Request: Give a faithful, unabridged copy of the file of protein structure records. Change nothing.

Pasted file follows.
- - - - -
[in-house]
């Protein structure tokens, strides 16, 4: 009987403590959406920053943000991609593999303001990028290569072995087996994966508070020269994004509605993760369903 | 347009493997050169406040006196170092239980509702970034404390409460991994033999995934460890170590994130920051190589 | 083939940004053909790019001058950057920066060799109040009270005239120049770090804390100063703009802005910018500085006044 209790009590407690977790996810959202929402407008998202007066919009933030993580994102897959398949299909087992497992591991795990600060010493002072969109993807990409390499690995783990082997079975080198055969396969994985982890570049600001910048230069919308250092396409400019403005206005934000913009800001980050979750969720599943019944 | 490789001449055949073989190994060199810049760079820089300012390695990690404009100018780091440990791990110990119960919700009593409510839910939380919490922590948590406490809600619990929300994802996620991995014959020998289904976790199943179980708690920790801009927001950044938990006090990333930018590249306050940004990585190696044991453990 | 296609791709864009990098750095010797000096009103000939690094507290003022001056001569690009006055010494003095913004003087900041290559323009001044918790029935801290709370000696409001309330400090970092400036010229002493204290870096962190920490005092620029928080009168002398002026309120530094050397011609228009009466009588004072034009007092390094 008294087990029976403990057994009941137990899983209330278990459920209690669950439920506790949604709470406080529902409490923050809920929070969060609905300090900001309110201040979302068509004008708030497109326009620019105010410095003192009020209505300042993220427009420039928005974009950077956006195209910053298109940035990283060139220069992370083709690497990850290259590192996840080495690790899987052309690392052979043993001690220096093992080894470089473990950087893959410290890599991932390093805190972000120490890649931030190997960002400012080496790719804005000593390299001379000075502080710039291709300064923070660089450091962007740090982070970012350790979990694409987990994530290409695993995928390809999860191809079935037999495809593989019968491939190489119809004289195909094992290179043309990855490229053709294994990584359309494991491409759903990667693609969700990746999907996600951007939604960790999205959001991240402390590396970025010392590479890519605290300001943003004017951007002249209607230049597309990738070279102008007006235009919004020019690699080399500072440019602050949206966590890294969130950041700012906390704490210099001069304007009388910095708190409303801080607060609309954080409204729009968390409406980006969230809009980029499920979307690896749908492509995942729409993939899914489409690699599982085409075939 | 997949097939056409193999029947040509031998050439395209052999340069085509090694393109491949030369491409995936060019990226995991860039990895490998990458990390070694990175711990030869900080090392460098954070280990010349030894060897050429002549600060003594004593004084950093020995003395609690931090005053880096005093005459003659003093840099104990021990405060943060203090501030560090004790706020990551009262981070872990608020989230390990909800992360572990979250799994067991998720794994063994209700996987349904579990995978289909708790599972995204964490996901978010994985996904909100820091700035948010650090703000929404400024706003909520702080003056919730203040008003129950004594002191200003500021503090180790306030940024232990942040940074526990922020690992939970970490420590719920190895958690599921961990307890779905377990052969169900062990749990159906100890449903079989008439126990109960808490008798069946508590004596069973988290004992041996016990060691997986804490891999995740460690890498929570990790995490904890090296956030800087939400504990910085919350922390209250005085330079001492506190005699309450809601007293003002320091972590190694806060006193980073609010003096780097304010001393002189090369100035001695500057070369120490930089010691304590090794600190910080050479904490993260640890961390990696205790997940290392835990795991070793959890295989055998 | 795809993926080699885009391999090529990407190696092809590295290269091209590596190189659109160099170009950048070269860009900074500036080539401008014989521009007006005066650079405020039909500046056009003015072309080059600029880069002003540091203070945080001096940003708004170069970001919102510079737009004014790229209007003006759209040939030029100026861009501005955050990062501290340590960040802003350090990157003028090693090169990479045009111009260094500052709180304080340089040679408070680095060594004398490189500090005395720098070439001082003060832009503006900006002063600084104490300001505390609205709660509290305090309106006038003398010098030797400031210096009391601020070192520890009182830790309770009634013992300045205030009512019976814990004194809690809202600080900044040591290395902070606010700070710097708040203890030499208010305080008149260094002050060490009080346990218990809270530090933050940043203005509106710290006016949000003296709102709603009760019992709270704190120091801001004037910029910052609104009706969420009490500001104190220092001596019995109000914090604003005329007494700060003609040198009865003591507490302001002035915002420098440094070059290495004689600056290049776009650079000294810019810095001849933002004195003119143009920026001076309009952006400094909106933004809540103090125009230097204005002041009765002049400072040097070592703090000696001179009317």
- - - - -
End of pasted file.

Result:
[in-house]
């Protein structure tokens, strides 16, 4: 009987403590959406920053943000991609593999303001990028290569072995087996994966508070020269994004509605993760369903 | 347009493997050169406040006196170092239980509702970034404390409460991994033999995934460890170590994130920051190589 | 083939940004053909790019001058950057920066060799109040009270005239120049770090804390100063703009802005910018500085006044 209790009590407690977790996810959202929402407008998202007066919009933030993580994102897959398949299909087992497992591991795990600060010493002072969109993807990409390499690995783990082997079975080198055969396969994985982890570049600001910048230069919308250092396409400019403005206005934000913009800001980050979750969720599943019944 | 490789001449055949073989190994060199810049760079820089300012390695990690404009100018780091440990791990110990119960919700009593409510839910939380919490922590948590406490809600619990929300994802996620991995014959020998289904976790199943179980708690920790801009927001950044938990006090990333930018590249306050940004990585190696044991453990 | 296609791709864009990098750095010797000096009103000939690094507290003022001056001569690009006055010494003095913004003087900041290559323009001044918790029935801290709370000696409001309330400090970092400036010229002493204290870096962190920490005092620029928080009168002398002026309120530094050397011609228009009466009588004072034009007092390094 008294087990029976403990057994009941137990899983209330278990459920209690669950439920506790949604709470406080529902409490923050809920929070969060609905300090900001309110201040979302068509004008708030497109326009620019105010410095003192009020209505300042993220427009420039928005974009950077956006195209910053298109940035990283060139220069992370083709690497990850290259590192996840080495690790899987052309690392052979043993001690220096093992080894470089473990950087893959410290890599991932390093805190972000120490890649931030190997960002400012080496790719804005000593390299001379000075502080710039291709300064923070660089450091962007740090982070970012350790979990694409987990994530290409695993995928390809999860191809079935037999495809593989019968491939190489119809004289195909094992290179043309990855490229053709294994990584359309494991491409759903990667693609969700990746999907996600951007939604960790999205959001991240402390590396970025010392590479890519605290300001943003004017951007002249209607230049597309990738070279102008007006235009919004020019690699080399500072440019602050949206966590890294969130950041700012906390704490210099001069304007009388910095708190409303801080607060609309954080409204729009968390409406980006969230809009980029499920979307690896749908492509995942729409993939899914489409690699599982085409075939 | 997949097939056409193999029947040509031998050439395209052999340069085509090694393109491949030369491409995936060019990226995991860039990895490998990458990390070694990175711990030869900080090392460098954070280990010349030894060897050429002549600060003594004593004084950093020995003395609690931090005053880096005093005459003659003093840099104990021990405060943060203090501030560090004790706020990551009262981070872990608020989230390990909800992360572990979250799994067991998720794994063994209700996987349904579990995978289909708790599972995204964490996901978010994985996904909100820091700035948010650090703000929404400024706003909520702080003056919730203040008003129950004594002191200003500021503090180790306030940024232990942040940074526990922020690992939970970490420590719920190895958690599921961990307890779905377990052969169900062990749990159906100890449903079989008439126990109960808490008798069946508590004596069973988290004992041996016990060691997986804490891999995740460690890498929570990790995490904890090296956030800087939400504990910085919350922390209250005085330079001492506190005699309450809601007293003002320091972590190694806060006193980073609010003096780097304010001393002189090369100035001695500057070369120490930089010691304590090794600190910080050479904490993260640890961390990696205790997940290392835990795991070793959890295989055998 | 795809993926080699885009391999090529990407190696092809590295290269091209590596190189659109160099170009950048070269860009900074500036080539401008014989521009007006005066650079405020039909500046056009003015072309080059600029880069002003540091203070945080001096940003708004170069970001919102510079737009004014790229209007003006759209040939030029100026861009501005955050990062501290340590960040802003350090990157003028090693090169990479045009111009260094500052709180304080340089040679408070680095060594004398490189500090005395720098070439001082003060832009503006900006002063600084104490300001505390609205709660509290305090309106006038003398010098030797400031210096009391601020070192520890009182830790309770009634013992300045205030009512019976814990004194809690809202600080900044040591290395902070606010700070710097708040203890030499208010305080008149260094002050060490009080346990218990809270530090933050940043203005509106710290006016949000003296709102709603009760019992709270704190120091801001004037910029910052609104009706969420009490500001104190220092001596019995109000914090604003005329007494700060003609040198009865003591507490302001002035915002420098440094070059290495004689600056290049776009650079000294810019810095001849933002004195003119143009920026001076309009952006400094909106933004809540103090125009230097204005002041009765002049400072040097070592703090000696001179009317």